In the Heights improves and falls short of the source material, but the end product still fits perfectly in the summer of 2021.
For a year now, lovers of musicals have been waiting, with patience and faith as Abuela might say, for the release of In the heights. Lin-Manuel Miranda’s film adaptation of the premiereHamilton The Broadway hit was scheduled to air on June 26, 2020, but was delayed due to COVID-19. While the answer probably wouldn’t have been drastically different anyway, it’s easier to appreciate. In the heights now. After 16 months of shared fears, frustrations, and disappointments as Broadway darkened, Miranda’s modest and serious but relentlessly cheerful and hopeful story seems relevant in a new and unexpected way. In the heights isn’t a perfect or even particularly well-thought-out adaptation of a musical, but it’s a great summer movie nonetheless, and particularly apt for the summer of 2021.
While the filmed production of Hamilton who lives on Disney + is as close to seeing the original cast as one can get for $ 7.99, the In the heights is most definitely its own thing. Director Jon M. Chu, best known for Crazy Rich Asians, makes choices that improve the source material and others that seem to lose track. For most of Hollywood history, musicals like The sound of music and West Side Story have been redone quite simply (and have generally won many awards). In recent years, directors have tried to impose framing devices and other gadgets on them, to make the breaking of the belts and the fourth wall more believable. Sometimes it works (Chicago), sometimes not (Cats). In the heights half-heartedly attempts such a framing device, and unfortunately the accompanying one is quite cliché. Usnavi, the protagonist, begins and ends the film by telling his story to a group of incredibly attentive children.
From there, things start to become more familiar to anyone who has had the pleasure of seeing the stage production. Chu’s films frequently feature dance, and without the constraints of a proscenium, the choreography is free to be as exuberant and festive as possible. Beautifully composed aerial shots make all of the movement easier to capture, while sweaty close-ups make everything more human and tactile. It’s a tricky trick to pull off. The same goes for retaining the sense of urgency and ever-increasing tension that theatergoers feel about real time and space. In this regard, In the heights is random.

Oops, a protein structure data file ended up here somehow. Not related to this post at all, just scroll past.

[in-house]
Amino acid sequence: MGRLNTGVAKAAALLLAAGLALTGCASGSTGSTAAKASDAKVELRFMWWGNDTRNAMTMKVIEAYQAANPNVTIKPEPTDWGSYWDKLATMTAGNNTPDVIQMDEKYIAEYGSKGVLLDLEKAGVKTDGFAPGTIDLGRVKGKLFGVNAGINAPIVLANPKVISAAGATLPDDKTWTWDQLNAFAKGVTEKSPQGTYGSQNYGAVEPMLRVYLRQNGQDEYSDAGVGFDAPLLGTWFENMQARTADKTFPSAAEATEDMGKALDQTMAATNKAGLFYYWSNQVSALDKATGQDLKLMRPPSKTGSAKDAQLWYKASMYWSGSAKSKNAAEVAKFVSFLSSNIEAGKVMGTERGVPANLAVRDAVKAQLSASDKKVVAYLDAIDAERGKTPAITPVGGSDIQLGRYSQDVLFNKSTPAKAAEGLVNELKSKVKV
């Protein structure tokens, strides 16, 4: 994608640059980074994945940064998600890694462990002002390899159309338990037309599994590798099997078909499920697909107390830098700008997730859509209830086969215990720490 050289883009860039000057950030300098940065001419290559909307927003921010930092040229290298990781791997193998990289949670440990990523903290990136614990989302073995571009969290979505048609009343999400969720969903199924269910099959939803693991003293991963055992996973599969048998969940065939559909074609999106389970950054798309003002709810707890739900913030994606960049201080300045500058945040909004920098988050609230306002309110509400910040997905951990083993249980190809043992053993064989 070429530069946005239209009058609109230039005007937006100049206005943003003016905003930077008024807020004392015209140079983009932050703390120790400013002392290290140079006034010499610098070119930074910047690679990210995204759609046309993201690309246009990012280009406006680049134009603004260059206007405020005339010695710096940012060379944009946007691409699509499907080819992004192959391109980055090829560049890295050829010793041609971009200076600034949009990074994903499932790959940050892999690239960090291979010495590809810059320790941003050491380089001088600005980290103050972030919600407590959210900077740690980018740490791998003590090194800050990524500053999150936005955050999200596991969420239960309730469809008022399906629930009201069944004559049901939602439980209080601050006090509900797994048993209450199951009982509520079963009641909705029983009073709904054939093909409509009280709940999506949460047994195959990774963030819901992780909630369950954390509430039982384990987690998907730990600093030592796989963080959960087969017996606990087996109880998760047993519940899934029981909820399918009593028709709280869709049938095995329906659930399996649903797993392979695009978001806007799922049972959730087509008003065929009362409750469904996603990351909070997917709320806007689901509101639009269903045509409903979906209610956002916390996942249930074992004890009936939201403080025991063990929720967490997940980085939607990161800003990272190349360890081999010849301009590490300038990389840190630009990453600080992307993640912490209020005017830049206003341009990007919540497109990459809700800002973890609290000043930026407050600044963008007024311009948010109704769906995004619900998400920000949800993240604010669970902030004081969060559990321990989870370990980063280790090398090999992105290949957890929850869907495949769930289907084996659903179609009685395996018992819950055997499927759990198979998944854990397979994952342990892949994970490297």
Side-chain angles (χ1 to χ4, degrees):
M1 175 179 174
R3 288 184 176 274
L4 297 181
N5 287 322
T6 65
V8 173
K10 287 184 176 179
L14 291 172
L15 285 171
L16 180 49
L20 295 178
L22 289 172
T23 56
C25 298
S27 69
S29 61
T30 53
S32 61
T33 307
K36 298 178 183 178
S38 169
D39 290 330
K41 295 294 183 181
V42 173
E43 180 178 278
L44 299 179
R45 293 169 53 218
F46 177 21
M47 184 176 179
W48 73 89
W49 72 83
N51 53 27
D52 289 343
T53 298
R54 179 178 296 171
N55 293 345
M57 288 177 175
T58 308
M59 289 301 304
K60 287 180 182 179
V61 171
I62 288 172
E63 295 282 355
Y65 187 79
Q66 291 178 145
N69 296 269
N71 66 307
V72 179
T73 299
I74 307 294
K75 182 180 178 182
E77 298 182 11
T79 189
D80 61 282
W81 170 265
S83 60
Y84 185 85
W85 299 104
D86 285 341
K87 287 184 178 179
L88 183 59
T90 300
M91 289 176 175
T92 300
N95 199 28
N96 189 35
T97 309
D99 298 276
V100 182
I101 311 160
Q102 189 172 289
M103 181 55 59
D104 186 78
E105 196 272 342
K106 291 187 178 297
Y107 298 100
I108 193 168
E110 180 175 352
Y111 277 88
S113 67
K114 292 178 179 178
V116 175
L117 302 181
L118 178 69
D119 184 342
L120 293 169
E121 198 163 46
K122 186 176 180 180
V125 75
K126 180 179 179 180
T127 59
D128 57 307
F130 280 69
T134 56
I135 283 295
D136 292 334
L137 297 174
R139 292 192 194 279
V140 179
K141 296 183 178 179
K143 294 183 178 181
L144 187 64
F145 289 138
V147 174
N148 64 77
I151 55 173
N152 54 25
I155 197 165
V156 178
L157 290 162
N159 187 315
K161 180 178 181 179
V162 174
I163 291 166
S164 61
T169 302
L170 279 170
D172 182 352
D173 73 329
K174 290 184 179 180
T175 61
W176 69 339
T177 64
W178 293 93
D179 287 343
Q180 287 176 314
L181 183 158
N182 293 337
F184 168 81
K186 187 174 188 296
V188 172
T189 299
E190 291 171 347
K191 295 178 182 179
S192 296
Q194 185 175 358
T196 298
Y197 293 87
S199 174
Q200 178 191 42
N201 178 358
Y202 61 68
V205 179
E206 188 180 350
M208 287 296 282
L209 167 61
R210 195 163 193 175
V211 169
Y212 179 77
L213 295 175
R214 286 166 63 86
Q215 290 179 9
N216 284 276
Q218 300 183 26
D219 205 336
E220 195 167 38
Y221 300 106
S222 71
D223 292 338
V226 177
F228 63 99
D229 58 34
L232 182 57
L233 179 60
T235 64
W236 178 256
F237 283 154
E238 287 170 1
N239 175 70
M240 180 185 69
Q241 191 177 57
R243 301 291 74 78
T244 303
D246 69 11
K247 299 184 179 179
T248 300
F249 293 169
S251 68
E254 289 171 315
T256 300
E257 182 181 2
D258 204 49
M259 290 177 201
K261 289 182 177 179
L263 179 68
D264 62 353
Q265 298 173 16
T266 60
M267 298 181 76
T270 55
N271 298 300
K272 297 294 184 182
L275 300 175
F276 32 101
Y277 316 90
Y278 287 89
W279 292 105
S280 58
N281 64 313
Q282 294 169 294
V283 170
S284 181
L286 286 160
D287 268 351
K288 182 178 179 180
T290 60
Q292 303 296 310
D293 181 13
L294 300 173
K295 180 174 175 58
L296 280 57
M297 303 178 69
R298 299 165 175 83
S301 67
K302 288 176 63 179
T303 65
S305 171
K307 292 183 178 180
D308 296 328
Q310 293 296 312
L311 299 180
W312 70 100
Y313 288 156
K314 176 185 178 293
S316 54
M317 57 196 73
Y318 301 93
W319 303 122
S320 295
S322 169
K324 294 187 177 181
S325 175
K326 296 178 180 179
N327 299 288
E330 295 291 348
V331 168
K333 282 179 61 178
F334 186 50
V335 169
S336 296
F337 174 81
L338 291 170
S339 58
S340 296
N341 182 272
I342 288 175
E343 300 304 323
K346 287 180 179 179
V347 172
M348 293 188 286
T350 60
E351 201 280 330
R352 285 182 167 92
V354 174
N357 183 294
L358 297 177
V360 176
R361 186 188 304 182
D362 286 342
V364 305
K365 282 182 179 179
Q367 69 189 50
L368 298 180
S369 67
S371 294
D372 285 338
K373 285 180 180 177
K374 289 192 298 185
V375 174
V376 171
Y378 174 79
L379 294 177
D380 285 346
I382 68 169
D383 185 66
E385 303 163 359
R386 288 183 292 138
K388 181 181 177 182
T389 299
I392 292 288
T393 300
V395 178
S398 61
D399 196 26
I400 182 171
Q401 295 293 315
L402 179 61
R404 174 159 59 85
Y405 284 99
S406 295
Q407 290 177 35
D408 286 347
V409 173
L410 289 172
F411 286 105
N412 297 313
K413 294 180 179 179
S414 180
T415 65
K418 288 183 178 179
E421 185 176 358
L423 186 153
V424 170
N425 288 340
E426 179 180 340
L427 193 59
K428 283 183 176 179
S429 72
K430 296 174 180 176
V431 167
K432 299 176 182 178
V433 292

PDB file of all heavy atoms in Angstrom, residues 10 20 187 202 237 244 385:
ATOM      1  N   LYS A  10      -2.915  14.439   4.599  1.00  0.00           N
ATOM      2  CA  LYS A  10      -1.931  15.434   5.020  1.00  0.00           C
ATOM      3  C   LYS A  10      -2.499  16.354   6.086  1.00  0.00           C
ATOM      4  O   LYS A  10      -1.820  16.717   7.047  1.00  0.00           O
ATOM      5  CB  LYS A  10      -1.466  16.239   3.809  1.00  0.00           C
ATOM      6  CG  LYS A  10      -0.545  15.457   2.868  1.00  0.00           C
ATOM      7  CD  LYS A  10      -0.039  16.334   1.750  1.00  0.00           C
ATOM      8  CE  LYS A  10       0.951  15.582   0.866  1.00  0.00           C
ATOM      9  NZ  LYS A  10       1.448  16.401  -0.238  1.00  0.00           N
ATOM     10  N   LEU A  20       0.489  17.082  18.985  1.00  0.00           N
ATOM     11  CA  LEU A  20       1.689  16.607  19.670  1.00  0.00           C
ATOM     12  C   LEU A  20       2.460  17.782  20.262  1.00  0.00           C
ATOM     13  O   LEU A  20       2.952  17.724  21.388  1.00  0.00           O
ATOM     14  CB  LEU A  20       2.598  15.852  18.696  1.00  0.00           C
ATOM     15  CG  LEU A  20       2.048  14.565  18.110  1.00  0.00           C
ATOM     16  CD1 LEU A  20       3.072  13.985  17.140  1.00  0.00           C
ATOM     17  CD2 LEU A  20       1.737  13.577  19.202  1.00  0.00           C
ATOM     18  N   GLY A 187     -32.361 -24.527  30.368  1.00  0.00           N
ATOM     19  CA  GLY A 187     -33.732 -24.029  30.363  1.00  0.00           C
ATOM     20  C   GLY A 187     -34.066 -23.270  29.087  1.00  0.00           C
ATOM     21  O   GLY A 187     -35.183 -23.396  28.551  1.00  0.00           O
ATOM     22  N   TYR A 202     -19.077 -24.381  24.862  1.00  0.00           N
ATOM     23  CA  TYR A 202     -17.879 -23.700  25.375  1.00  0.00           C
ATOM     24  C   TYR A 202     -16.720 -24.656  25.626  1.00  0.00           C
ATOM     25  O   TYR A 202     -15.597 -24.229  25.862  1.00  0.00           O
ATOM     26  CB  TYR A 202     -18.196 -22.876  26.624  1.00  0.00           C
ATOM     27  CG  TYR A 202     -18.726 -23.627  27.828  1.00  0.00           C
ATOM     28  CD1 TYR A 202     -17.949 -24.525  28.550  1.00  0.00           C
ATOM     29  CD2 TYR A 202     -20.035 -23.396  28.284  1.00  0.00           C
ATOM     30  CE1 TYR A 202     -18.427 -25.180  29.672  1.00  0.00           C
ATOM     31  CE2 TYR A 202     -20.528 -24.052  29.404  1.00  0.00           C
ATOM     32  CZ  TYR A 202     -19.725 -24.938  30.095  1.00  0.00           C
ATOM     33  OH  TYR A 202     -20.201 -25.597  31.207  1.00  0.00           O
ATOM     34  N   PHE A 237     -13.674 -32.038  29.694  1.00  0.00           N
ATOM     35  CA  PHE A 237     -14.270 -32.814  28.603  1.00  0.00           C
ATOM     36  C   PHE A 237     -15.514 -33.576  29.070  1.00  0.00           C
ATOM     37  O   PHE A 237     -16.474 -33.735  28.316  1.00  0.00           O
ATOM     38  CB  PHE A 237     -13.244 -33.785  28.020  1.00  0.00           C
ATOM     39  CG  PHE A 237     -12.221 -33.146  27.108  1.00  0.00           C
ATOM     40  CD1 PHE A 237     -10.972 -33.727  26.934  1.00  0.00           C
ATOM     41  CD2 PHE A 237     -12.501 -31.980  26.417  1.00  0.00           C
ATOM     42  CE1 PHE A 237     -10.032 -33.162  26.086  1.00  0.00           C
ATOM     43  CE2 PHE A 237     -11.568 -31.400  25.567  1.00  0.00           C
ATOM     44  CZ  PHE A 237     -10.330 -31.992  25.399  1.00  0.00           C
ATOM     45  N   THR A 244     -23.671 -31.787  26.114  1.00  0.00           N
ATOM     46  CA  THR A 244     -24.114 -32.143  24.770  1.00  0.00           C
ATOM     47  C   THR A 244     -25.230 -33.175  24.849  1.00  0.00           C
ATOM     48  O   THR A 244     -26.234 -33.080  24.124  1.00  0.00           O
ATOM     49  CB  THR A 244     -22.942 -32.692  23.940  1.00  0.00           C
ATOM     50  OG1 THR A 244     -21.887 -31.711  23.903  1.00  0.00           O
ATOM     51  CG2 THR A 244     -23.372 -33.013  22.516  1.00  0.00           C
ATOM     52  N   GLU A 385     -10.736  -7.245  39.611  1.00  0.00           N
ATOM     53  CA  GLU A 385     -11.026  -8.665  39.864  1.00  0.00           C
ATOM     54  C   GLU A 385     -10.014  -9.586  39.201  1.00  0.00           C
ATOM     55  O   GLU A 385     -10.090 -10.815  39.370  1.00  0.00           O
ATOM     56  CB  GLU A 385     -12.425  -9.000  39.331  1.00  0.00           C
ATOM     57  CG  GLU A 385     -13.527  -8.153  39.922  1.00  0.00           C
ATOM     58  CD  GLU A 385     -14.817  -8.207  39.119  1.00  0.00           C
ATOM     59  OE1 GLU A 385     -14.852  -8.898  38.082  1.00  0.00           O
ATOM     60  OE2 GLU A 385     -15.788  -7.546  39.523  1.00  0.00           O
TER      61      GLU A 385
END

The show has to stay on its corner, but the film has the freedom to explore the entire neighborhood, inside and out. Chu does an admirable job bringing the Usnavi bodega, Daniela’s living room and Abuela’s apartment to life. There is a realism and, more importantly, an intimacy in these scenes that cannot pass from the perspective of even a front row seat. Corn In the heights really sing and dance when he takes the block, park or pool, with 500 enthusiastic extras to get the party started. Manuel’s clearly very personal play is as much about time and place as it is about the people who live then and there, and the film does that idea justice. It looks, sounds, tastes, smells and sounds like summer in Washington Heights so specifically and intensely that you’ll want to step out of the multiplex to light a pipe, blow up a radio, and throw ice in a blender.
It should also be noted that while plays and films about black and Latin communities previously existed In the heights, they didn’t always sound authentic, and their castings didn’t always include the people they sought to represent. Some observers familiar with the film’s titular quarter have expressed frustration that it is still insufficient, especially in its lack of proportional Afro-Latinx representation. Yet the diversity and pride displayed in In the heights Distinguishes it from most of what came before it, as does the representation of working class families, which completely avoids exploitation. Overall, many people will recognize themselves in this more accessible version of Miranda’s art, and in the performances of Anthony Ramos and the company, which are as tender as they are technically impressive. Olga Merediz as Abuela Claudia is the star and will be a serious contender for the Supporting Actress Awards.
In the heights fails in his plot handling, which shouldn’t come as a big surprise, as plot was never the stronghold of the musical. The original – which ostensibly deals with what young children in love are going to do with their lives, but actually deals with gentrification and the intricacies of racism – was already a little curvy but overloaded. The film, with its ability to focus its audience, could have tightened things up. It’s certainly a revision with major character and event changes, but it’s not a very bold or focused change. Most tinkering only decreases the tension, lowers the stakes, and slows the pace. In particular, the addition of a new subplot involving the potential deportation of Dreamers is well-intentioned but nailed in place. Ultimately, In the heights plays more like a truly fantastic 2.5-hour music video that doesn’t quite reach the heights it aspires to.
This is even more true because Miranda and Chu didn’t seem to make any firm and quick decisions about the realism or impressionism of the final product. About half of the film favors naturalism, while the other half embraces the kind of magic that allows gravity-defying dance numbers on the sides of tall buildings. But it’s good. Point of In the heights isn’t really about telling a story. The goal is to remind ourselves of our dignity and the dignity of others, and to cherish the people and everyday things that give meaning to our lives. Whether you experience it in the comfort of your home on HBO Max, or in the comfort of an air-conditioned theater with – after all this time – a crowd, this is the perfect way to start your summer and reignite your optimism. .
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